Fitting scleral lenses is much simpler once you have the technology and a system in place.



Fitting scleral lenses is much simpler once you have the technology and a system in place.


Despite being in existence since the late 1800s, scleral contact lenses have only recently gained significant popularity. Based on data from ABB Optical Group, Nichols (2016) stated, “The dollar growth of scleral lenses is up 135% year-to-date compared to the same time frame last year.” This shows how quickly scleral lenses have risen to fame. We are seeing a shift from scleral lenses being used primarily on irregular eyes to their use on eyes that are described as “normal” in refractive error. As more practitioners become more interested in this type of contact lens, we, as educators, are being asked similar questions on a regular basis. The goal of this article is to highlight a few areas to improve the success rate in fitting scleral lenses for both novice and experienced contact lens fitters.

Not only are eyecare providers becoming more interested in scleral lenses, but patients are also starting to look into their use and to ask questions in the office. Website traffic on patient-oriented sites such as show an increase in searches for scleral lens information over the past five years (Figure 1). This demonstrates a need for eyecare providers to have a method to screen for and fit this type of contact lens. Whether working in a solo practice, a group practice, or an academic institution, as we do, it is vital for consistent care to have a system in place with which everyone in the practice is on board.

Figure 1. Unique webpage views regarding scleral lenses. Courtesy of


As with managing any condition (i.e. glaucoma, dry eye, etc.), it is important to know when certain options are viable for patients. Patients who have irregular corneas have traditionally been, and are still considered to be, good candidates for sclerals due to the lenses’ ability to vault over the cornea and land on more regular scleral tissue. Wagner and Byrnes (2008) state, “Today’s rigid gas-permeable (GP) contact lenses mask the underlying irregular cornea and provide a new refractive surface for the eye.” A non-comprehensive list of eyes that fall within the category of “irregular” includes keratoconus, pellucid marginal degeneration, post-refractive surgery, post-corneal transplant, Salzmann’s nodular degeneration, Terrien’s marginal degeneration, and post-trauma. Simply utilizing the GP contact lens qualities can neutralize many optical aberrations at the anterior surface of the cornea and improve a patient’s visual acuity (Griffiths et al, 1998).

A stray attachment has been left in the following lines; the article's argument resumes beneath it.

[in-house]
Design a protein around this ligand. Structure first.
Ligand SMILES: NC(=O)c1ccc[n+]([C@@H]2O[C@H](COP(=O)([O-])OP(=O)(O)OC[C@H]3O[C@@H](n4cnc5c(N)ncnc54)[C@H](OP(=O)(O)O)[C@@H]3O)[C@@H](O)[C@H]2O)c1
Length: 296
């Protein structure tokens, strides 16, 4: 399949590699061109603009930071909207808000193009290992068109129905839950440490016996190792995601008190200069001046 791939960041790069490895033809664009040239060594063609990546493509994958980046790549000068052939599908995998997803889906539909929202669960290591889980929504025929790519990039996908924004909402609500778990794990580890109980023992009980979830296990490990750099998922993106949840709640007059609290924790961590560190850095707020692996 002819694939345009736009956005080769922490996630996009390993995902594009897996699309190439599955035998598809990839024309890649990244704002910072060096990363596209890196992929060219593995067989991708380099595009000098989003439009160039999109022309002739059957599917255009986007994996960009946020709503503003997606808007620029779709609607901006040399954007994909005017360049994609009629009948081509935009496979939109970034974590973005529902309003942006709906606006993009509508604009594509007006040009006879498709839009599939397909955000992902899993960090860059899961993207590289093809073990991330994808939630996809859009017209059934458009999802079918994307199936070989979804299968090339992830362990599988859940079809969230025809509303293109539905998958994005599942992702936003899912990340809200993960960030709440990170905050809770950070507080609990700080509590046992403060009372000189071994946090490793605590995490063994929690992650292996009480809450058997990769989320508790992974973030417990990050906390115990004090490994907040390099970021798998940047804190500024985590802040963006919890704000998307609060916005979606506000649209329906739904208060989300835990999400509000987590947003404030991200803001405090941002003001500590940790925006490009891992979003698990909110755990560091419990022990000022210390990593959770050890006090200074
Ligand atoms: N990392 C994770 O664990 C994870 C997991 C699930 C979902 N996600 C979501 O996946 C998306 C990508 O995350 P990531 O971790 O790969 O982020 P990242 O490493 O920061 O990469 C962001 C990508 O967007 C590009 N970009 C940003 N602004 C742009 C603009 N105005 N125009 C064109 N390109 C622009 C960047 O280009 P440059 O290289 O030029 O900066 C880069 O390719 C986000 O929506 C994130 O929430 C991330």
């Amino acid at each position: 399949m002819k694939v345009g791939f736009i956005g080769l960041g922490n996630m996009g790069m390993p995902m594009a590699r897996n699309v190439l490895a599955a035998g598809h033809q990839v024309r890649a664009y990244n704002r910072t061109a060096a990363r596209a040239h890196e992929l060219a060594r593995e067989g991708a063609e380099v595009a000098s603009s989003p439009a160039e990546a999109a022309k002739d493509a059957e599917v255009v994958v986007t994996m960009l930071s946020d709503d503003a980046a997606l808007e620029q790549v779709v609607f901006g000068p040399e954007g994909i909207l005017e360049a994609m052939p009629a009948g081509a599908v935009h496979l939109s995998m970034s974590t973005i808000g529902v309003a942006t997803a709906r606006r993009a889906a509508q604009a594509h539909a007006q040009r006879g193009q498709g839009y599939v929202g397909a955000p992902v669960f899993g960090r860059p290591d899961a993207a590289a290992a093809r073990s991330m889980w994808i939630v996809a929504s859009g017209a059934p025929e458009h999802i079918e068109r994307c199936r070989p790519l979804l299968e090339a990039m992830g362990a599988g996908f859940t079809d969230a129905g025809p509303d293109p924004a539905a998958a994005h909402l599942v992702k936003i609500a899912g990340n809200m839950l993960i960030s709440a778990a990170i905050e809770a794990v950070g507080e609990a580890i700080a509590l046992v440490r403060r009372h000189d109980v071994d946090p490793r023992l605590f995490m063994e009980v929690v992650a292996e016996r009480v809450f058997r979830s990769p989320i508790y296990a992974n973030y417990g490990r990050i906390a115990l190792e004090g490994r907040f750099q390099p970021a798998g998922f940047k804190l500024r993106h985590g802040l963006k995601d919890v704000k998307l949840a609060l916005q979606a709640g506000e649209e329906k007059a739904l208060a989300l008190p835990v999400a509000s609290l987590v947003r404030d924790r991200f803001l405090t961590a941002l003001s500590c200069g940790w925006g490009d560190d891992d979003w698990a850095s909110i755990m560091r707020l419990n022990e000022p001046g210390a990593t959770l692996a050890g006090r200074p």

More recent studies report an increasing amount of evidence suggesting that patients who have irregularly shaped corneas would benefit from wavefront-guided optics incorporated into their lenses. This involves correcting for higher-order aberrations (HOAs), such as coma and trefoil, as opposed to just addressing the more common lower-order aberrations, such as myopia, hyperopia, and astigmatism. There does appear to be promise in this area, as wavefront-guided lenses can qualitatively improve vision in patients who have keratoconus whether they have large or small pupils (Marsack et al, 2014), and they have substantially reduced HOAs in patients who have advanced keratoconus (Sabesan et al, 2013).

One of the main reasons for the growth of scleral lenses over the last few years has been the increase in their use as a means of correction for patients who have regular corneas. While this practice has proven beneficial for these patients, slightly different considerations must be realized. Because patients who have regular corneas are used to consistently clear vision with glasses and more traditional contact lenses, a careful evaluation of lens prescription must be performed to achieve optimal results. Clinically, we see inferotemporal decentration of scleral lenses on-eye a majority of the time. In one study, a clinically significant amount of residual against-the-rule (ATR) astigmatism was present, creating questions as to the exact impact that inferiorly displaced scleral lenses have on inducing astigmatism (Ramdass et al, 2016). While this can be managed with toric optics on the front surface, practitioners must consider this when fitting scleral lenses to satisfy patients who have regular corneas. Due to high visual expectations, they may not be happy with spherical equivalent corrections.

To aid in the rotational stability of scleral lenses, front-surface toric correction is frequently manufactured in combination with toric haptics. Make sure to confirm that the lens rotates in a repeatable fashion to ensure that the axis of the cylinder correction is in the proper position for clear vision.

In addition, short-term experimental studies have demonstrated that less corneal edema is observed with eight hours of scleral contact lens wear (using high-Dk materials) than is typically observed with overnight eyelid closure (Schipper and Lotoczky, 2016; Vincent et al, 2016). This suggests that these lenses may be relatively safe for longer-term wear in this type of patient, but more studies are needed to confirm this.


Corneal Topography We have many tools at our disposal in caring for patients. When fitting corneal GP contact lenses, keratometry and topography readings play a key role in selecting the proper lens; these lenses land on the surface of the cornea, so it makes sense to obtain the corneal curvature measurements. Because scleral contact lenses don’t rest on the cornea, corneal curvature readings don’t play as big of a role in selecting these lenses. This doesn’t mean that the corneal topographer is useless for fitting scleral contact lenses, but understanding that it plays a different role in selecting lenses is important.

Modern scleral contact lenses focus on sagittal depth/height, rather than curvature. As such, some topographers have the ability to extract information from a scan and calculate sagittal depth. This can make the fitting process of scleral lenses similar to that of corneal GP lenses. Corneal topographers are also good at measuring the horizontal visible iris diameter (HVID) and the diagonal visible iris diameter (DVID). Depending on the instrument being used and how wide of an image it provides, HVID may not be obtainable. In these cases, it is recommended to use DVID. We have learned that HVID plays a larger role in sagittal height/depth than does the base curve (BC) of a lens (Young, 1992). By understanding that larger-diameter corneas may have greater sagittal depth compared to smaller-diameter corneas (in normal eyes), we at least have a starting point for how deep of a scleral lens may be needed.